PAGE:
Russian oil and gas – worth the risk?
23 May 2019
According to the news agency reports in late April, pipelines in Russia, Belarus, Ukraine and Poland are estimated to contain five million tonnes of contaminated Russian oil. Pipeline operator Transneft said the oil in the Druzhba pipeline network from Russia to customers in Europe was contaminated at a private terminal at Samara in southern central Russia.
Transneft terminal - Image: Shutterstock
The oil was contaminated with high levels of organic chlorides, substances used in oil production to boost output but which are highly corrosive to refining equipment.
Initial reports from Russia link the contamination to a private refinery and a group of individuals who stole pipeline-ready oil and replaced it with a similar volume of a liquid mixture made up of raw crude and organic chlorides. A number of individuals have been arrested over the incident, Russian police said.
This kind of gangster capitalism is all too prevalent in Russia, but what surprises is that this small operation could be responsible for the vast amounts of contaminated oil in the pipeline network.
Some speculate that Russia’s desire to export as much as possible as quickly as possible to take advantage of the oil price spike caused by sanctions on Iran could have led Transneft and major producers such as Rosneft to make their quality checks even sketchier than usual.
By late May some parts of the network in Central Europe had been cleared of the contaminated oil, but supplies to Poland and Germany, two of the main customers, had yet to resume.
So far Belarus has suffered most. Its economy is heavily dependent on oil from Russia, which it gets at a preferential price and processes in two refineries to gasoline, the country's main export and foreign currency producer. Minsk also earns from the oil that passes through the country in the form of transit fees.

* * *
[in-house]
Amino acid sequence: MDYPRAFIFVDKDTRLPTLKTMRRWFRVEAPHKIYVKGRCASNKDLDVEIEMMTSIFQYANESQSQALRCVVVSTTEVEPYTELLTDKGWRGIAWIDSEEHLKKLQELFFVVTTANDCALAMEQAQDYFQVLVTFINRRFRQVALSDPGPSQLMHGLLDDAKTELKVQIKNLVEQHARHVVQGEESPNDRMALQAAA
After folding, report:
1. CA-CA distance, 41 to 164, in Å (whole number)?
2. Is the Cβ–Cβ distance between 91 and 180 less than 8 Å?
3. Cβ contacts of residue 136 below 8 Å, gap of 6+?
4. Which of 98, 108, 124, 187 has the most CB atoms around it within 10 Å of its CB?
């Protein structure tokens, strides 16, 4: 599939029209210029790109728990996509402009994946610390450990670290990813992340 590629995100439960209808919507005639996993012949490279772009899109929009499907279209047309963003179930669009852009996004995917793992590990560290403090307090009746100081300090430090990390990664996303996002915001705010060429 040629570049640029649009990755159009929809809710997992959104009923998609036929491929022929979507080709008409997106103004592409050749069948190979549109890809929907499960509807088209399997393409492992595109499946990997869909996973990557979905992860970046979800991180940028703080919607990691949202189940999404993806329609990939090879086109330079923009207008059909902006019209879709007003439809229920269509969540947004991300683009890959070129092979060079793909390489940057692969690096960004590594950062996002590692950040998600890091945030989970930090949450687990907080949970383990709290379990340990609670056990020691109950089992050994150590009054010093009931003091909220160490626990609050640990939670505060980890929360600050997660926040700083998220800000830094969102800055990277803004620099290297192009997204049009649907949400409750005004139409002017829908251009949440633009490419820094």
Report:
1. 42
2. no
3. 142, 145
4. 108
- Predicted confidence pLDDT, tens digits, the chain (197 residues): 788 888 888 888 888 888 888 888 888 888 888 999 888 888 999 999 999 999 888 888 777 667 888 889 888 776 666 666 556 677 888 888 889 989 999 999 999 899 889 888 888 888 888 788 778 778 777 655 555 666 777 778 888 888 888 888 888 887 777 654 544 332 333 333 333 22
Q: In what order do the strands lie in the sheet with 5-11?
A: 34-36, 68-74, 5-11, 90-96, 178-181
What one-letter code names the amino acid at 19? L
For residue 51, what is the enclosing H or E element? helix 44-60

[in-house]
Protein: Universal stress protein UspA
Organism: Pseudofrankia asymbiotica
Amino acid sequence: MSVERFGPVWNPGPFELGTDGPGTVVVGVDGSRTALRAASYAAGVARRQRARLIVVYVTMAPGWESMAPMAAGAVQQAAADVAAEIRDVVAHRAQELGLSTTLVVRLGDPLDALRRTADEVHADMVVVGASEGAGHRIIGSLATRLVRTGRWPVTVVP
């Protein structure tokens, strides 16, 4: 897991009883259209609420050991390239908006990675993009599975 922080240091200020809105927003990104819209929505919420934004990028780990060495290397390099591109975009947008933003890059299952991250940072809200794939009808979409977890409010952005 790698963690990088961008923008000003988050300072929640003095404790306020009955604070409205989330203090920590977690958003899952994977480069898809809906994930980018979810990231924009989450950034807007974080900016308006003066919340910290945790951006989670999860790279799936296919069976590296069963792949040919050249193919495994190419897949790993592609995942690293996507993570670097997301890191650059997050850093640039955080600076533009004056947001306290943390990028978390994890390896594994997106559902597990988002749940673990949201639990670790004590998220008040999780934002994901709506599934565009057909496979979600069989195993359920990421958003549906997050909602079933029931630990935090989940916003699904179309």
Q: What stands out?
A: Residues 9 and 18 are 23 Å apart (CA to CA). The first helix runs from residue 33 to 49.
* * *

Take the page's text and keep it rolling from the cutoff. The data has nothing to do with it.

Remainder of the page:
Russia has said it will provide compensation to all parties that can prove real damage from the contaminated oil, but this process is likely to be long-drawn out.
According to Die Welt, the Belarusian State Concern for Oil and Chemistry (Belneftekhim) had been complaining about the deteriorating quality of Russian oil for many years, but this incident was by far the worst.
Equipment at its Masyr refinery has reportedly been seriously damaged by the chlorine in the oil. At the end of April, Minsk estimated its losses at $100 million (€89.7 million) but said the final total could be much higher.
It remains to be seen how quickly Russia can flush out the contaminated product from the Druzhba network.
Those European governments that have chosen to rely on Russian energy imports have long ignored the criminality, corruption, poor safety standards and environmental disasters that the Russian hydrocarbon sector has visited upon the country.
But with this latest disruption, they have to ask themselves if (relatively) cheap hydrocarbons from Russia are in any way a reliable or sustainable source of supply in the long term.